Isn’t that beautiful? That’s what’s leftover after you get your morning Trenta latte. And now it’s all mine. Of course, I added a few things to the recipe. I started with a layer of sticks and stalks and brush bits that were laying around the yard. I topped that with pulled weeds, spent cole crop leaves and any soil leftover in flats that had been transplanted. Then a layer of cardboard saved from online holiday shopping. I topped it all off with a block of coir someone was throwing out and half a dozen bags of spent coffee grounds. Stir. Wait three months. Serve. Though halfway through I have been known to toss some good potting soil on top of the pile and plant into it ‘half baked’. Wouldn’t be the only thing around here…
I was surrounded with beauty in the garden today. Just look at this. Is it a broccoli or a cauliflower? I have no idea. It’s called ‘Romanesco’ Broccoli but all I know is it’s fascinating to watch the heads develop. It’s actually a spiral made up of other individual spirals. Think of the math lessons we could cook up with these things. And, broccoli in name or not, when it does cook up, it does so much more like a cauliflower. It has a very mild taste but holds it’s fun shape fairly well post stir-fry.
I planted the Romanesco within a week of the other broccoli starts in the same beds which have long since developed their central heads. So plan on it taking some extra time. Perfect for the family food garden.
Of course, the other varieties of broccoli aren’t done. Most of them are just getting to the best part. In many varieties of broccoli, once the plant has produced a central head, which is then removed, it spends it’s energy pumping out lots of delicious side shoots. These perfect side shoots are slated to meet browned butter, garlic and Mizithra cheese right around dinner time tonight. Any shoots that get past the tightly formed stage before I catch them go into salads. Over last winter our fall-planted broccoli kept us in side shoots well into spring.
This year I think it’s going to be arugula that will be the plant that keeps on giving. Though it does eventually go to seed and stop producing edible leaves, it suddenly seems to be everywhere. It’s planted with the onions. It’s planted with the cabbages. It’s coming up in the old bean bed. It’s holding it’s own next to the ‘Purple Osaka’ mustard that is also going to seed for saving. I wonder if I can make pesto out of arugula.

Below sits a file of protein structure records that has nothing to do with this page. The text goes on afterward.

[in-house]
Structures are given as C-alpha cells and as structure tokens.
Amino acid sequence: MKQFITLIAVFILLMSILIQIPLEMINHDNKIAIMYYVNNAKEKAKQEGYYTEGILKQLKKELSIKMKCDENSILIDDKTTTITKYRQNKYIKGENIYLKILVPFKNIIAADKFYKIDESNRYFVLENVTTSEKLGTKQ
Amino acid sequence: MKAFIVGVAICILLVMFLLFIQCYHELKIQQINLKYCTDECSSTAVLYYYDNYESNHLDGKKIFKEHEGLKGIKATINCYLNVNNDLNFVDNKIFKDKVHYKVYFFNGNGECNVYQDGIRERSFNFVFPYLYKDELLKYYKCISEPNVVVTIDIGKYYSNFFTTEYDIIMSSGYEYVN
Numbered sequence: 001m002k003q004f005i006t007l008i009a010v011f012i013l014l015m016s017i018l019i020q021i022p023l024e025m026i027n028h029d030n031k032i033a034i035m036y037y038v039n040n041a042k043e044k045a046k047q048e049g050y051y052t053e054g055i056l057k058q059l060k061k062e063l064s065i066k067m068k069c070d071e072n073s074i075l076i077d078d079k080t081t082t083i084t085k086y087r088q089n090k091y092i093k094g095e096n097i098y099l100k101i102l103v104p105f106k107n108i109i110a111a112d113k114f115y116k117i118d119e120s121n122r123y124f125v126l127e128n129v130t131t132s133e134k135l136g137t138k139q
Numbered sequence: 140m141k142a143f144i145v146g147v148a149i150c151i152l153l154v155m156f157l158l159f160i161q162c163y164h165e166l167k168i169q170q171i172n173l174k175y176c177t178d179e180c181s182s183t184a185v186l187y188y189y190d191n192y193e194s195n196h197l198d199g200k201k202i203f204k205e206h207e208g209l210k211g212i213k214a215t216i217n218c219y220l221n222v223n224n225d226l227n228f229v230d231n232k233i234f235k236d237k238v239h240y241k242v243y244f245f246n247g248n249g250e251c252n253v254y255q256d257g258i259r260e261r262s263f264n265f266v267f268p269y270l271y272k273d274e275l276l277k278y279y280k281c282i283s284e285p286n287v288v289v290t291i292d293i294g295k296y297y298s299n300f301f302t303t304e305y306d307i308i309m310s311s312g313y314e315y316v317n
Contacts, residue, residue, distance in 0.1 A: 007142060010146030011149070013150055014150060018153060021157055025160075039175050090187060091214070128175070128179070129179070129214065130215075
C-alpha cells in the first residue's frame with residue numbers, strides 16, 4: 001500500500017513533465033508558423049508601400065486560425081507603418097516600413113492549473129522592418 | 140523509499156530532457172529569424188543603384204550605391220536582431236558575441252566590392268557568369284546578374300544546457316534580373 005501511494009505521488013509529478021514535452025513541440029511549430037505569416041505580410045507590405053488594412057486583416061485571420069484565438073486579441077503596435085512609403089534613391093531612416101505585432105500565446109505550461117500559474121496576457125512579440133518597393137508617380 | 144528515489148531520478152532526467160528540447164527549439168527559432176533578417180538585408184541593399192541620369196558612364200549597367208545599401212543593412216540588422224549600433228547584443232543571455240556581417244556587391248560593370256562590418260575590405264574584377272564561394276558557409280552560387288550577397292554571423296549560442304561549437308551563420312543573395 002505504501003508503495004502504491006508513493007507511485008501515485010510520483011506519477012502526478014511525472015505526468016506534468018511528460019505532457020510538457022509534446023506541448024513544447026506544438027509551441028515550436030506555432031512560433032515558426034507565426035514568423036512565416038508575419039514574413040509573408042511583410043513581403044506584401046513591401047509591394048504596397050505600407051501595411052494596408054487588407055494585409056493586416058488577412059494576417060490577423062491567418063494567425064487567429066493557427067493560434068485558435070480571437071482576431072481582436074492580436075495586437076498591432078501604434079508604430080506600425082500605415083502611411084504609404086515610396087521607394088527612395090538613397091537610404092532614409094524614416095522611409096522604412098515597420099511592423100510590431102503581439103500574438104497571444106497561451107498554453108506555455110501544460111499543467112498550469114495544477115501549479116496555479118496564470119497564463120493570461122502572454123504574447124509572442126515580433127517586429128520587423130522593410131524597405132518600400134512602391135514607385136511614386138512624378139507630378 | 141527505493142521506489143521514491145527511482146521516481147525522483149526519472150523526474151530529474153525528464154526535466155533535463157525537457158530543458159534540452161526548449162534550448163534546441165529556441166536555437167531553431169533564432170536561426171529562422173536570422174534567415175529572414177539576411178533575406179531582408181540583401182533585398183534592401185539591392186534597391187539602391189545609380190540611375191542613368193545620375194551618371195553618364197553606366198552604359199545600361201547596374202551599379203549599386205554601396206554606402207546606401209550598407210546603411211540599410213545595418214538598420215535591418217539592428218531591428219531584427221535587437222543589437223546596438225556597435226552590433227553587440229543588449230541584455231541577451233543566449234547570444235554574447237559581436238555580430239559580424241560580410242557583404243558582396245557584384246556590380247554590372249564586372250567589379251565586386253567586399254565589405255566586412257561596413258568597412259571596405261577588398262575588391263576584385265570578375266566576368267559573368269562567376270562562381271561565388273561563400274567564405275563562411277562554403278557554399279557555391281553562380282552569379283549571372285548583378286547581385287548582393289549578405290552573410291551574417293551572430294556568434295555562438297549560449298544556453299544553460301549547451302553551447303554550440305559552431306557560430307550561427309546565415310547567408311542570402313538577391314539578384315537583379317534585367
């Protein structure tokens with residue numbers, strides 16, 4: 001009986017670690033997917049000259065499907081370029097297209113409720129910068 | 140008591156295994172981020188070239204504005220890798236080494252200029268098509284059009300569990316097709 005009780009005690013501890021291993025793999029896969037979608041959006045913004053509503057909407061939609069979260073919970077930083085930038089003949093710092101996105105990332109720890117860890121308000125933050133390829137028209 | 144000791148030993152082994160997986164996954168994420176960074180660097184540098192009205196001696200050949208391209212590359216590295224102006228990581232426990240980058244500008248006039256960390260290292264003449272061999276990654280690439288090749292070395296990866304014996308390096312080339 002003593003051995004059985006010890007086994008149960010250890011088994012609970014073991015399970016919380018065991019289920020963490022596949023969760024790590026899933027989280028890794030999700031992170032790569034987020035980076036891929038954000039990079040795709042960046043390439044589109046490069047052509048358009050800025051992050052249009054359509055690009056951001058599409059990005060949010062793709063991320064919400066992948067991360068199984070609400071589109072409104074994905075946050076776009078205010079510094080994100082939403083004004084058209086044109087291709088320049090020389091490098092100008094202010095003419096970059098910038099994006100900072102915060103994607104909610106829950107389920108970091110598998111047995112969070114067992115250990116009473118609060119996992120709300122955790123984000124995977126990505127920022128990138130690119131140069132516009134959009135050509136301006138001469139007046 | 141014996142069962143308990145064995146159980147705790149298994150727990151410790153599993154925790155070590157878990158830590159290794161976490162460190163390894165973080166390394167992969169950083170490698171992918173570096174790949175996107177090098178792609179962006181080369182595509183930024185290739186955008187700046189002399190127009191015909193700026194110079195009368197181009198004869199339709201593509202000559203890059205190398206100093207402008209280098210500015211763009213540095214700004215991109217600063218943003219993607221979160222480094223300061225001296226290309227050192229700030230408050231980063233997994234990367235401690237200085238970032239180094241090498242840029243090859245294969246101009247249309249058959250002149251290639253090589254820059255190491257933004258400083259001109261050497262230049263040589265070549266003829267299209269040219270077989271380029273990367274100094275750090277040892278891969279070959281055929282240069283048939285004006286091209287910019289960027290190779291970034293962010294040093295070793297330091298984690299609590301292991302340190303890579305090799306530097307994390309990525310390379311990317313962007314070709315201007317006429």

Another thing I need to start cooking more of is cabbage. Though I hate to pull these up, I do have a good recipe for borscht I’ve been meaning to try. I just love the way the deep purple leaves look with the ‘Dwarf Siberian Kale’. Not that they are probably good companion plants. They are both in the same family and have essentially the same growing requirements. I haven’t noticed any ill effects from growing them together. Certainly the kale is happy enough. But slugs will slime across hot cement to get to my red cabbages. I set out a bowl of beer under a patch of cabbages I was trying to save and I swore I could hear slugs laughing at me the next morning. They had ignored the beer completely and eaten the red cabbage leaves down to the leaf spines they left sticking out like bare bones. Remind me whether or not Sluggo is organic.
I may try The Melon Trick, since my husband is eating frighteningly out of season cantaloupe lately. You’re supposed to take a melon rind and lay it dome side up near the slug buffet. If they actually prefer it to my spinach and red cabbage, they should climb into the melon rind during the night and in the morning I can scoop the whole thing up and out of my vegetable patch. My worms certainly love cantaloupe rinds. I’ll let you know how it goes.
Or maybe I just need to plant more carrots. These cabbages aren’t totally unblemished, but they have minimal slug damage, especially compared to the red varieties we tried. These are ‘Stonehead’ cabbages grown with ‘Amarillo Yellow’ carrots on one side and ‘Danvers 126 Half-Long’ on the other. They all seem very happy together. The carrots are even starting to size up enough to give us slender ‘baby’ carrots for salad when I thin the patch.
Maybe the red cabbages are just more delicious to slugs? Maybe carrots are hard to slime your way over in order to get to the cabbages? The next thing to test is the amount of slug damage to a patch of red cabbages planted with these same kinds of carrots. Sounds like a great project for next fall.